The Triplets of Belleville
Tired of the wide-eyed innocence and terminal cuteness of the home-grown anime? This film’s for you. A hilariously bizarre French cartoon done in a sharp,edgy definitely non-cute style. The story, such as it is, involves a bicycle-racing prodigy (trained, mercilessly, by his loving grandmother), who is kidnapped by the Mafia and, suffice it to say, can only be rescued with the help of his intrepid, long-suffering dog and three 1920’s music hall performers. The dialogue is limited, so even if you speak neither French nor Japanese, you’ll get a laugh from this beautifully grotesque little movie.
American Sylvia Plath and British Ted Hughes were the golden couple of postwar English literature.They met at a party, and she bit his cheek and drew blood when he kissed her goodbye. That pretty much sums up the relationship and the movie. Gwyneth Paltrow portrays Plath with all her obsessions, the main ones being Hughes and death. Death by gas won out in the end, and her posthumously published poems and novel made her more famous than the once celebrated Hughes, whose career (and life) were haunted by hers for the 35 years he outlived her. This movie recreates the dreariness of postwar Britain, as well as a long-gone world where a living poet could be a household name. Stay out of the kitchen for about a day after seeing this one.
The Bourne Supremacy
Matt Damon, Franka Potente, Joan Allen
dir: Paul Greengrass
Universal, 109 mins
Jason Bourne (Matt Damon), the man with no memory but remarkable killing skills is back for part 2 of this well-made trilogy. The plot is not simple. Bourne is hiding out in India and is tracked down by a Russian assassin. Around the same time, a CIA spook is found dead in Berlin: Bourne’s fingerprints are all over the crime scene. How, if Bourne was in Goa..? And why frame him? Bourne suffers flashbacks and nightmares which may or may not be helpful. Perhaps part three will pull it all together. This installment, like the first, is well-paced and shot with edginess and realism.
George Clooney, Brad Pitt, Andy Garcia
dir: Steven Soderbergh
Warner Bros. 116 mins
Ocean’s Twelve certainly sounds like a rehash of every caper film you’ve ever seen, but Steven Soderbergh and his cast are obviously having so much fun that it would seem spiteful not to join in. This time, the victim of the gang’s first sting (Garcia) catches up with Danny Ocean (Clooney) and wants his money back. The gang is forced out of retirement to perform a string of jobs in some rather picturesque cities. They discover ,though, that they’ve finally got some serious competition from another phantom-like robber. A good old-fashioned adventure yarn with some great characters and sharp dialogue.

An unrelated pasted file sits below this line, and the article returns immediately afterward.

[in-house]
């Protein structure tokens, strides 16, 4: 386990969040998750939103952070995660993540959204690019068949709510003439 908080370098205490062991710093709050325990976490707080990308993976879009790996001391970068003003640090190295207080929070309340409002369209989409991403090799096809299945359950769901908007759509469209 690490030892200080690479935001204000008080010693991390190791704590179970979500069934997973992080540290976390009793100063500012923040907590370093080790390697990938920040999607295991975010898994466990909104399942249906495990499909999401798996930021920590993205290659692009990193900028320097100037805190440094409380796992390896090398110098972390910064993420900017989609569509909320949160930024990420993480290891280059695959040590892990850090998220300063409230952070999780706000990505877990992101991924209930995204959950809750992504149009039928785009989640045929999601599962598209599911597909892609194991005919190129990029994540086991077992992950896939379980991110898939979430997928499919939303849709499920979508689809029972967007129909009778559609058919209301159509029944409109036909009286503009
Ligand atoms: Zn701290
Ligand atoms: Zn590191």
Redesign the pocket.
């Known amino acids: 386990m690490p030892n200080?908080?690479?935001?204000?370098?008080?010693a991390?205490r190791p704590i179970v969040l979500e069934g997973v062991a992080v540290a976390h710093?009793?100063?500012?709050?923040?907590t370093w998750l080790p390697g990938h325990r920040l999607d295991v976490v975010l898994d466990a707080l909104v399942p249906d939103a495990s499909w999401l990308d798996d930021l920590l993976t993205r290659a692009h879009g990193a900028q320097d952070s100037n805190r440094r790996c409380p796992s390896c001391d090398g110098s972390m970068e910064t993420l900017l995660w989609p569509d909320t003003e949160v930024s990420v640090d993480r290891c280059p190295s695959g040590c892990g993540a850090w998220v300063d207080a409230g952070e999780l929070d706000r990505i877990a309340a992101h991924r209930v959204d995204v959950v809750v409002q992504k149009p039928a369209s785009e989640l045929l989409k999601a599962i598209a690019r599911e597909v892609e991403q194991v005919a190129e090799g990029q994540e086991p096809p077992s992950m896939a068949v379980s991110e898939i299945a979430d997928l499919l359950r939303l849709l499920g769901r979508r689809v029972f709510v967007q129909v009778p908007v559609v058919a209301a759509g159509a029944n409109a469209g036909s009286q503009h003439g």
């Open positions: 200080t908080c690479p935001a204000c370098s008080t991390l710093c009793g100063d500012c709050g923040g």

Kim Basinger, William H. Macy, Chris Evans
dir: David R. Ellis
New Line Cinema
Remember Phone Booth, the movie where Colin Farrell couldn’t leave the phone booth or a psychopath would kill him? This is that story turned upside down. A woman (Basinger) has been taken hostage and hidden in an attic. A science teacher, she’s able to get an old wall phone working, and dials at random. She gets a 20-something guy on the line and has to persuade him not to hang up until he can get help, trace her call and release her. Can the guy with the phone and the veteran cop (Macy, great as usual) track her down before the batteries die (or she does)? Stay tuned.
The Princess Diaries 2
Princess Mia, from Princess Diaries 1 has to get married or forfeit her position as heir to the throne of Genovia, a European country where everybody speaks American English (the villains all have British accents, which dates this movie, because all bad people in movies now are supposed to be French). Julie Andrews, an Oscar-winning actress and legendary singer, appears as Mia’s grandmother, the queen. I can’t imagine why. Maybe she lost a bet. Good news: Garry Marshall also directed Happy Days and Laverne and Shirley. Bad news: thirty years ago.
dir: Nick Cassavetes
cast, Gena Rowlands, James Garner, Ryan Gosling
New Line Cinema, 120 mins
What could be an overly sentimental story turns out to be quite charming. We see the story of two young people, a rich girl and a local boy from the place where her parents spend their summers. Even the boy (Ryan Gosling) thinks his courting attempts are in vain, especially when her parents disapprove of him. It’s a simple story, given a poignant edge when you realize that it’s being read by the same boy, in old age (James Garner) to the girl, now his elderly wife, who’s retreated into Alzheimer’s. The director is the son of John Cassavetes, and he uses his father’s famous improvisational technique here to great effect.